By Daniel Lanyon on 26th February 2018
The sector saw nearly $9bn invested across 233 deals in 2017.
Equity investments into P2P and marketplace lending platforms rose to a new high in 2017, according to consultancy Fintech Global.
As one of the earlier areas of rapid growth in disruptive finance, P2P and marketplace lending saw a huge amount of money invested into platforms (via equity) between 2010 and 2016 but this slowed as platforms began to scale and in certain cases in the US - such as Lending Club and OnDeck - list on the public stock markets.
Deals in the sector slowed down in 2016 with a year on year decrease of 12.8 per cent, possibly as a result of Lending Club’s annus horribilis. Total amount invested fell from $8.6bn in 2015 to $7.5bn the next year.
2016 proved to be a challenging year for Marketplace Lending mainly in the US where unofficial industry bellwether Lending Club was embroiled in scandal; the company’s lending practices were called into question, and its CEO failed to disclose a financial conflict of interest. As a result, lending companies faced increased scrutiny and difficulties in attracting funding.
However, investment rebounded in 2017 to reach $8.9bn, a year on year increase of 18.6 per cent. The top ten P2P and marketplace Lending deals in 2017 raised half of the total funding for the year, raising a combined total of $4.4bn. The largest deal in 2017 was the previously mentioned $1.2bn Series B round to Lufax, led by COFCO with co-investment from China Minsheng Bank and Guotai Junan Securities.
The next three top deals all raised $500m and went to US-based companies: online loan provider LendingPoint in a debt financing round from Guggenheim Securities; lending and wealth management specialist SoFi in a Series F round led by Silver Lake Partners; and SME lending platform Kabbage in a debt financing round.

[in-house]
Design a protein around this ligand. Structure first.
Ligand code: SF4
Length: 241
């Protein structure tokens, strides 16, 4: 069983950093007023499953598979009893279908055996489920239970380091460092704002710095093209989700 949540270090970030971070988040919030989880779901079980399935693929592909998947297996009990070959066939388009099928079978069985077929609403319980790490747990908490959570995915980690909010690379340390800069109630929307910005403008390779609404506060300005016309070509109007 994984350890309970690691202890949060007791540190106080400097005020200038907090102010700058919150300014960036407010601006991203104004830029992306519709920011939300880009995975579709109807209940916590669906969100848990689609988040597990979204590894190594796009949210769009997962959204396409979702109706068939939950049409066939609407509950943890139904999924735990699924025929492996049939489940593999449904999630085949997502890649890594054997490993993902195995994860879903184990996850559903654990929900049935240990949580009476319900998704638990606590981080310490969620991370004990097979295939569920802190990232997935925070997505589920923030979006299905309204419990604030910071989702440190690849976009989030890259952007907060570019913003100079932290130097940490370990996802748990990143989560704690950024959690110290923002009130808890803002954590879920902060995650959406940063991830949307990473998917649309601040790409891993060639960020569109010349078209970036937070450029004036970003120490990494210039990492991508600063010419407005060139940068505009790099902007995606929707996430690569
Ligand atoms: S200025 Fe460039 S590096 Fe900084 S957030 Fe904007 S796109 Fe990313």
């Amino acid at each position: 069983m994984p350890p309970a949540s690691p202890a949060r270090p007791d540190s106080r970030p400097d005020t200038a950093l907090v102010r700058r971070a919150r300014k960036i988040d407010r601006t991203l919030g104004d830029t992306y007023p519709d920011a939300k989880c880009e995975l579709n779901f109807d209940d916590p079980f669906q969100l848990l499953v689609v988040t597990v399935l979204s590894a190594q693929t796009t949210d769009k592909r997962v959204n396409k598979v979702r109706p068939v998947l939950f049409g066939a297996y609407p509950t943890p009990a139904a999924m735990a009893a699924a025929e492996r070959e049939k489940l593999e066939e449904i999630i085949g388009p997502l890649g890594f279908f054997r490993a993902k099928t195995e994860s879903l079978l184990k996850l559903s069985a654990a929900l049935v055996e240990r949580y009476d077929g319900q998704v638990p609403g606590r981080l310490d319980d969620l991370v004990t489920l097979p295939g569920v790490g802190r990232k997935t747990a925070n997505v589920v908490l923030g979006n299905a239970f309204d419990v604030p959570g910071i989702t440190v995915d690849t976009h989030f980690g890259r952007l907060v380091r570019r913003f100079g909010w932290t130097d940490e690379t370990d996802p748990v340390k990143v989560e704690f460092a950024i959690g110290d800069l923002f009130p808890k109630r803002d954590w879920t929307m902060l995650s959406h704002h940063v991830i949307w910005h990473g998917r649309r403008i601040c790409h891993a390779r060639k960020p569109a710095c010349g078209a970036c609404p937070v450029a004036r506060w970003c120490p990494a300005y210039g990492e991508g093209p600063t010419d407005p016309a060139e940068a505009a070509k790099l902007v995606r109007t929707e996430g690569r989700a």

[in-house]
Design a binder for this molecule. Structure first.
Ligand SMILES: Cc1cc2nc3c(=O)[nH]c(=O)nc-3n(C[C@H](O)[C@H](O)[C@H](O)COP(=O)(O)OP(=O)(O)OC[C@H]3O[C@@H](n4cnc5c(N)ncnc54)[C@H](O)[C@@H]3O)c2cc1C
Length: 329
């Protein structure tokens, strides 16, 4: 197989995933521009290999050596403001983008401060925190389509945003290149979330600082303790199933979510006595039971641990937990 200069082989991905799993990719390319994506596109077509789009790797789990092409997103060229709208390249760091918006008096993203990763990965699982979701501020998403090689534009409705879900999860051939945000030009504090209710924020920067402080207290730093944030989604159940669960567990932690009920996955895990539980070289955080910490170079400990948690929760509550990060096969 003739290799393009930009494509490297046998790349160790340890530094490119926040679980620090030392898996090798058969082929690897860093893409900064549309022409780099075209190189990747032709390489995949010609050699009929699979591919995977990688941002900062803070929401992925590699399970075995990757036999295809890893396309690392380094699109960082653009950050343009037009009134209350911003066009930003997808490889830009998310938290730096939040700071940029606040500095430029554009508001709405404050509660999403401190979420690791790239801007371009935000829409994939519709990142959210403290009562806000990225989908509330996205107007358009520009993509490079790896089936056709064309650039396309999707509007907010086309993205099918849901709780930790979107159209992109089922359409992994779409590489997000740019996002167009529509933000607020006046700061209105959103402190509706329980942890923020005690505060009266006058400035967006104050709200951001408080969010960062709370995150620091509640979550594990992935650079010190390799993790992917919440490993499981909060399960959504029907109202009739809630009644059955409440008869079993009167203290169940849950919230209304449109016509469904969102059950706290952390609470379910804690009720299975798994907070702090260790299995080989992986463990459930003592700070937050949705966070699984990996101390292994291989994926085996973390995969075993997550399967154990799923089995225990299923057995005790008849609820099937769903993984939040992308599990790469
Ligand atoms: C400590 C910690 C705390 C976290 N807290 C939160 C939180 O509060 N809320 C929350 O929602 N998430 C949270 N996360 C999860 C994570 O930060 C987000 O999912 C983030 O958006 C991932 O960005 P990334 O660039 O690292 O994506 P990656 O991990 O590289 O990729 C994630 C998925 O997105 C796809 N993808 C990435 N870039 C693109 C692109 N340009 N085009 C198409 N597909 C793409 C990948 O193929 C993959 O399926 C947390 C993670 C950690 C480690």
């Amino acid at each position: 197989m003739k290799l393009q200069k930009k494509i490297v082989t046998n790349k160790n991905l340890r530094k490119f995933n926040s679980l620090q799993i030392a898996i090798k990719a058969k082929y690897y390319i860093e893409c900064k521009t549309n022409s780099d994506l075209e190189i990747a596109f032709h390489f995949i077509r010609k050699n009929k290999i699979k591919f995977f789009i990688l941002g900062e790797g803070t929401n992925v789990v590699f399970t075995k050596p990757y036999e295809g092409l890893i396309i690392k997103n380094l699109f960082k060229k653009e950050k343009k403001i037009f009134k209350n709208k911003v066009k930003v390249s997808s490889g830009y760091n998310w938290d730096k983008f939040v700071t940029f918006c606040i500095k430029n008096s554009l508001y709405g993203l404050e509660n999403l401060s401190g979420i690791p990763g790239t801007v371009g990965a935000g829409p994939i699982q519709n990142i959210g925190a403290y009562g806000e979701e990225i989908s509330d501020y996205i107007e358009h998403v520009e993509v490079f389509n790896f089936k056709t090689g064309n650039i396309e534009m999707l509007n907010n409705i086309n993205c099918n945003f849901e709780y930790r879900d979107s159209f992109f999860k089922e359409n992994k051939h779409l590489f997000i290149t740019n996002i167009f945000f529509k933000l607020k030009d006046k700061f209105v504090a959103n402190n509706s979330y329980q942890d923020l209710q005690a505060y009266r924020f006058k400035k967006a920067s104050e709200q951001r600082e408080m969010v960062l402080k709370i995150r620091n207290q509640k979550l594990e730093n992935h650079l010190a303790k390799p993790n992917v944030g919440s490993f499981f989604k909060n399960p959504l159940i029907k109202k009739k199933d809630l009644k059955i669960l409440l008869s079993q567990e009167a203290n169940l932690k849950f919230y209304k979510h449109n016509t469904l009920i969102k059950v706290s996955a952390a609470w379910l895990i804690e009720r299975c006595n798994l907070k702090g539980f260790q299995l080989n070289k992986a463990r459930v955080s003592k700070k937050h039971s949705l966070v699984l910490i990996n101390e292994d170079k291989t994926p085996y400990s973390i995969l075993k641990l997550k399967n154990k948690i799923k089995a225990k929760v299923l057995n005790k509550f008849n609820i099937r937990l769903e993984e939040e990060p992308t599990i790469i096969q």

Four companies in the top ten are P2P lenders, while a further three offer solutions in each of the Online Loans and SME Finance subsectors.
Despite the growth in funding, deal activity declined from 277 deals in 2016 to just 233 deals in 2017. This resulted in the average deal size jumping from $32.5m to $45.4m over the same period.
The second half of 2017 saw two of the strongest funding quarters to date with Q3 2017 and Q4 2017 were the second and third strongest funding quarters, respectively, for the sector. The strongest quarter was Q3 2015 when $3.1bn was invested in the sector globally.
In 2014, more than half of all marketplace Lending deals were closed in North America. This has gradually decreased every subsequent year to reach a share of 30.1 per cent in 2017. The share of total deals completed in both Europe and Asia increased over the same period to become equal with North America in 2017. Europe had a deal share of 23.2 per cent in 2014, which rose to 30.1 per cent last year, while Asia saw the largest increase from 17 per cent to 30.1 per cent over the same period.
‘Other’ regions including Africa, Australasia and South America maintained a steady share of deals between 2014 and 2016 with a range between 6.5 per cent to 6.7 per cent. This value rose to 9.7 per cent in 2017. The largest deal in this category in 2017 went to Sydney-based consumer lending platform MoneyMe. The company received $91.5m in debt financing from Fortress Investment Group with co-investment from Evans & Partners.
Join AltFi for its third annual Alternative Income Forum, exploring closed-ended funds (investment trusts) specialising in generating an income using alternative assets such as specialist finance, P2P lending, direct lending, asset leasing and more. Hear from the leading investors and fund managers in this rapidly growing market.